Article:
Sometimes, when they find out I am a Veggie, people actually gloat and declare they eat "anything" - as though they are somehow braver than me. A lot of people assume I'm afraid of meat and I don't enjoy food. They have no idea.

A few years ago, before my current "salad days", I wanted to go to Bangkok to eat the deep-fried crickets. But that year SARS hit the region, and so I never got to eat my crickets.

Truth is, if I wasn't vegetarian, I'll probably try any food at least once. Among the "exotic" food I've tried: fried scorpion (I left out the sting however. Decided not to tempt fate too much), fried bamboo worms (they put too much MSG in worms then) and I've drank snake wine.

But my favourite exotic food experience was when I was 17, during the Backwoodsman camp. We killed a snake, and divided the flesh out to each team. It was an interesting experience cutting snake meat with your jack-knife, and then preparing skewered snake-meat kebabs over the campfire.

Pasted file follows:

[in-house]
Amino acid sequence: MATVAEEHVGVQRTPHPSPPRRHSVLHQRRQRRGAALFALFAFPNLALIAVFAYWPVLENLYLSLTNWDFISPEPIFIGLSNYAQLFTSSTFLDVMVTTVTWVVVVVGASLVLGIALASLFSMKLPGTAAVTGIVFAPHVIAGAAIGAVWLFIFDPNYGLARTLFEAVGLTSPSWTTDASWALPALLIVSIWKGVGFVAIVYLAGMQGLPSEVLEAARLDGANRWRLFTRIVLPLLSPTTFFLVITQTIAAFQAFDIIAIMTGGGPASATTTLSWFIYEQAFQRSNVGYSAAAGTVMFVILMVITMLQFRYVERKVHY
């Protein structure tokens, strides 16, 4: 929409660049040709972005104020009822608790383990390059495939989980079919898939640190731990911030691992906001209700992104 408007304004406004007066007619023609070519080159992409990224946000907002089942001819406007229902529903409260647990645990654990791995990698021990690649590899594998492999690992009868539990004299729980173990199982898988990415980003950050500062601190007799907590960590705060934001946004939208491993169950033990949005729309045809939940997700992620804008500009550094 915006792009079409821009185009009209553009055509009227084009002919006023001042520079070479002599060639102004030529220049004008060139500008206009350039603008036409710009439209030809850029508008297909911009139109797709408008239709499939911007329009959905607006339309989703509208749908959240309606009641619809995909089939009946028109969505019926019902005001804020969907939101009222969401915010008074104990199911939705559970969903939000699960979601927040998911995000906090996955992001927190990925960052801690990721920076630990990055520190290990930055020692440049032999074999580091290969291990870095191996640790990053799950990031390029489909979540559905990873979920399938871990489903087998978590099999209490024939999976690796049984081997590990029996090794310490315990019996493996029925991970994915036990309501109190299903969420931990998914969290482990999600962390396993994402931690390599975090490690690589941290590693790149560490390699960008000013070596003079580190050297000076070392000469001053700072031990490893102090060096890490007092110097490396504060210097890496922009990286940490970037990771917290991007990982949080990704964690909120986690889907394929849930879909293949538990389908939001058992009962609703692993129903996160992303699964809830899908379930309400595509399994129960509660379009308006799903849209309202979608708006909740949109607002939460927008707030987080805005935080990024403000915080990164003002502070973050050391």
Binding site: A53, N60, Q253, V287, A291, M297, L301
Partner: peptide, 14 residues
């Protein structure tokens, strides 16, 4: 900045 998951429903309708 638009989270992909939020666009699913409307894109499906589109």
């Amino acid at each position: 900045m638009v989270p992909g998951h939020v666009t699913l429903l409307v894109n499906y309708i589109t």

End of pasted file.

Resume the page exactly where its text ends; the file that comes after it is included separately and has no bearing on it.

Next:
And how does snake-meat kebabs taste like?

Like chicken. Really.

If you are reading this and you feel like doing this meme, you're tagged.


Anonymous said...

Thank you for sharing! I loved reading on how you became a vegetarian. How long have you been one now? Do you ever miss eating meat? I try to eat healthy but I don't think I could ever make the transition to vegetarian only.

darkorpheus said...

Hi Iliana. I think we're online around the same time.

Starts on my "salad days" in May 2004, so I passed the 3 years mark (I sound like an alcoholic, don't I?)

I still love the aroma of BBQ beef, with good teriyaki sauce - and sometimes I miss salmon sashimi with grilled octopus. But the craving goes away.